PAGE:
these advantages at power levels of 50 W to 300 W HETs suffer from low efficiency and short operating lifetime
relative to their higher power cousins1,2.
The Coaxial Anode Magneto-Isolated Longitudinal Anode (CAMILA) HET confronts these weaknesses. The
CAMILA HET has been developed and patented by Kapulkin et al3 from the Asher Space Research Institute (ASRI)
at the Technion, Israel institute of Technology. The CAMILA HET consists of an electrically floating gas distributer
and a co-axial anode, where a longitudinal magnetic field is induced by designated anode coils and a radial magnetic
field at the thruster's exit plane, which is induced by a conventional HET magnetic circuit4. This unique
configuration enables almost a full ionization of the propellant in the anode cavity even at low mass flow rates4,5.
Extensive experiments were conducted on CAMILA HET and on Simplified-CAMILA, which is a derivative of the
basic CAMILA HET, yet without the added anodic axial magnetic field. During experimental tests conducted at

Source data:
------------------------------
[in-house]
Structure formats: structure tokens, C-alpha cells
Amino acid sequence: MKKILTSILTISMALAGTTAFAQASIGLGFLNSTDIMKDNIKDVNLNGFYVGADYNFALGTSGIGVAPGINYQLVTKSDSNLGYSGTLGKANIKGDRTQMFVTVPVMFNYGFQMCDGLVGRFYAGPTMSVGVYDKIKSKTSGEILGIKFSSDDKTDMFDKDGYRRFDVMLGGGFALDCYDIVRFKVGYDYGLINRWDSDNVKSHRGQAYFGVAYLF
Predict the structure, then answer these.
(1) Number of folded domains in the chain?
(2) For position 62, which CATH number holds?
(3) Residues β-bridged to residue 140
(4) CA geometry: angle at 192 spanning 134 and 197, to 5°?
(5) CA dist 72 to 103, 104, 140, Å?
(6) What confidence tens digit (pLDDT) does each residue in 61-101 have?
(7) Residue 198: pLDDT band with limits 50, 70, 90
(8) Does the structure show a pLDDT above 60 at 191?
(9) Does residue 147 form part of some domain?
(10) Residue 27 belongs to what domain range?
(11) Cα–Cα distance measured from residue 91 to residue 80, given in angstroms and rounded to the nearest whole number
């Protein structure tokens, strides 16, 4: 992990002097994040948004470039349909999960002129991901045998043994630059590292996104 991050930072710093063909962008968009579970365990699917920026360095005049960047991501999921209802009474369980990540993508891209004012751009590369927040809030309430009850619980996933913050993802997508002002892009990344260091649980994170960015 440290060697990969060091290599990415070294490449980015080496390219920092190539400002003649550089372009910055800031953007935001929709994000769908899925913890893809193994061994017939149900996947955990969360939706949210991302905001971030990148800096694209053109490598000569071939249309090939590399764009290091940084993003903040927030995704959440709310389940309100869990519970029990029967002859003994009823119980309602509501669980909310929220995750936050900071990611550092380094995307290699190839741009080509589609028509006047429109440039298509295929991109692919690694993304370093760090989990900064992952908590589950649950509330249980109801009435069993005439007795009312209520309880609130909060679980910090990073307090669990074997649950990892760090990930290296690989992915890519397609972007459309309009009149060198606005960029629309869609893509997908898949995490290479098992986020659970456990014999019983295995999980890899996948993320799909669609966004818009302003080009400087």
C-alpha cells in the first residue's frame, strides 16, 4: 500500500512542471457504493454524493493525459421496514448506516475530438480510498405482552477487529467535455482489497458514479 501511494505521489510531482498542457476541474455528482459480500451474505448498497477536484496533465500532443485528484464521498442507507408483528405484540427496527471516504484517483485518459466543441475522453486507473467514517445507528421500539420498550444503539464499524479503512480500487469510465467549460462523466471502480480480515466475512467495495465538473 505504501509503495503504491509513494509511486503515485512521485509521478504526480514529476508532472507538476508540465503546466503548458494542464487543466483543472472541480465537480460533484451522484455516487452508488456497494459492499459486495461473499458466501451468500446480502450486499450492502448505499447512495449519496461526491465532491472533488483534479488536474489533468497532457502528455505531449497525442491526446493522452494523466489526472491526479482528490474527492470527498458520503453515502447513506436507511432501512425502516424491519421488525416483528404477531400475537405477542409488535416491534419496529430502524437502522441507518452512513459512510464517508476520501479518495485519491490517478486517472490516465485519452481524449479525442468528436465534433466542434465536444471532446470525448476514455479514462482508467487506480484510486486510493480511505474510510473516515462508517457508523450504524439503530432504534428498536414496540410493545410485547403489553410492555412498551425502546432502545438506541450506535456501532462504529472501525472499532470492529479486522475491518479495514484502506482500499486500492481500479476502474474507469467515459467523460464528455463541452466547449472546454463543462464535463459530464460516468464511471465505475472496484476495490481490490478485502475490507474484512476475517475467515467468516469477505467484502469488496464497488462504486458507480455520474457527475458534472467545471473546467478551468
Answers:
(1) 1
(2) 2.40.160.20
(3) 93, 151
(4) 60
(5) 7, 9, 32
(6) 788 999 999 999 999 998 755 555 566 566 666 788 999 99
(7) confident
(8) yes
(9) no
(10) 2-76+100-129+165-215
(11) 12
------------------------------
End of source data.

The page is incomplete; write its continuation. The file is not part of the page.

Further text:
ASRI, both configurations exhibited roughly the same performance of high efficiency and specific impulse at power
levels of around 250 W6.
In light of the above and because of its simpler and lighter
mechanical structure, a feature which is relevant to system
engineering considerations, it was decided to continue with the
development of simplified CAMILA, now denoted CAM200.
CAM200 is to be developed and qualified by Rafael to serve as
efficient means of propulsion for power-limited micro-satellites.
Moreover, CAM200 is designated to compete for a place in
the European-Israeli Micro-satellite Electric Propulsion System
(MEPS) project7. The goal of MEPS, which is funded by
European Space Agency (ESA) and the Israeli Space Agency
(ISA), is to design, manufacture and qualify an electric
propulsion system for micro-satellites. MEPS, which is planned
to be qualified for space in three years, is a collaboration
between RAFAEL and the Italian electric propulsion company,
ALTA-SITAEL.
This paper presents an important segment of the CAM200
development program - the material selection process in which the most suitable discharge wall material is chosen.